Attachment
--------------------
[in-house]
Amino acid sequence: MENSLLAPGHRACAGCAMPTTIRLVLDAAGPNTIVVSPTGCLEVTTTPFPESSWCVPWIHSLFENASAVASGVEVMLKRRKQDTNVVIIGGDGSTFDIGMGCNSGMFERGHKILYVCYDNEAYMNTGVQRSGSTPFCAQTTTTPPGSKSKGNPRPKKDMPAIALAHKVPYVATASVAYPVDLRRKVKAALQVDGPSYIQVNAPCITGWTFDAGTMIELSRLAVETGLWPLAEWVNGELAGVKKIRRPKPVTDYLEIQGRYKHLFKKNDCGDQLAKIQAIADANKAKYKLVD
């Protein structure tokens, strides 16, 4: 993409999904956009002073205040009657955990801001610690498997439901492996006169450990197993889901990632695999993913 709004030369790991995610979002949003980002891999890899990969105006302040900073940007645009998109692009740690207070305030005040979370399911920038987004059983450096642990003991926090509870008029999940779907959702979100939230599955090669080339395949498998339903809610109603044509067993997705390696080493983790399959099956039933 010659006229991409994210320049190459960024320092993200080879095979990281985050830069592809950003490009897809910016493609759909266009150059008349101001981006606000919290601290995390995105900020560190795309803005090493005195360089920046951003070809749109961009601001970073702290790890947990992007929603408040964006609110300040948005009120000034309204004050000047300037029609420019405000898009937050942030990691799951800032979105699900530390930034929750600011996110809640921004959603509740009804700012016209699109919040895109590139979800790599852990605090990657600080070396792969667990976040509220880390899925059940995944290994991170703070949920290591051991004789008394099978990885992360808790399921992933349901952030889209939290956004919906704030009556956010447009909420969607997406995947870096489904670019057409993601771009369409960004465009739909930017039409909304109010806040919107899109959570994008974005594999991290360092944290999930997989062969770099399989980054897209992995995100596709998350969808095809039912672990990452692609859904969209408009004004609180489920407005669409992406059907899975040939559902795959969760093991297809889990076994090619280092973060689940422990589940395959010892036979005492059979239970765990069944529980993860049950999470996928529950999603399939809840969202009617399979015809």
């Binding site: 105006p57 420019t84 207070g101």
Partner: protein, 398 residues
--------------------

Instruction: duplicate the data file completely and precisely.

[in-house]
Amino acid sequence: MENSLLAPGHRACAGCAMPTTIRLVLDAAGPNTIVVSPTGCLEVTTTPFPESSWCVPWIHSLFENASAVASGVEVMLKRRKQDTNVVIIGGDGSTFDIGMGCNSGMFERGHKILYVCYDNEAYMNTGVQRSGSTPFCAQTTTTPPGSKSKGNPRPKKDMPAIALAHKVPYVATASVAYPVDLRRKVKAALQVDGPSYIQVNAPCITGWTFDAGTMIELSRLAVETGLWPLAEWVNGELAGVKKIRRPKPVTDYLEIQGRYKHLFKKNDCGDQLAKIQAIADANKAKYKLVD
């Protein structure tokens, strides 16, 4: 993409999904956009002073205040009657955990801001610690498997439901492996006169450990197993889901990632695999993913 709004030369790991995610979002949003980002891999890899990969105006302040900073940007645009998109692009740690207070305030005040979370399911920038987004059983450096642990003991926090509870008029999940779907959702979100939230599955090669080339395949498998339903809610109603044509067993997705390696080493983790399959099956039933 010659006229991409994210320049190459960024320092993200080879095979990281985050830069592809950003490009897809910016493609759909266009150059008349101001981006606000919290601290995390995105900020560190795309803005090493005195360089920046951003070809749109961009601001970073702290790890947990992007929603408040964006609110300040948005009120000034309204004050000047300037029609420019405000898009937050942030990691799951800032979105699900530390930034929750600011996110809640921004959603509740009804700012016209699109919040895109590139979800790599852990605090990657600080070396792969667990976040509220880390899925059940995944290994991170703070949920290591051991004789008394099978990885992360808790399921992933349901952030889209939290956004919906704030009556956010447009909420969607997406995947870096489904670019057409993601771009369409960004465009739909930017039409909304109010806040919107899109959570994008974005594999991290360092944290999930997989062969770099399989980054897209992995995100596709998350969808095809039912672990990452692609859904969209408009004004609180489920407005669409992406059907899975040939559902795959969760093991297809889990076994090619280092973060689940422990589940395959010892036979005492059979239970765990069944529980993860049950999470996928529950999603399939809840969202009617399979015809």
């Binding site: 105006p57 420019t84 207070g101």
Partner: protein, 398 residues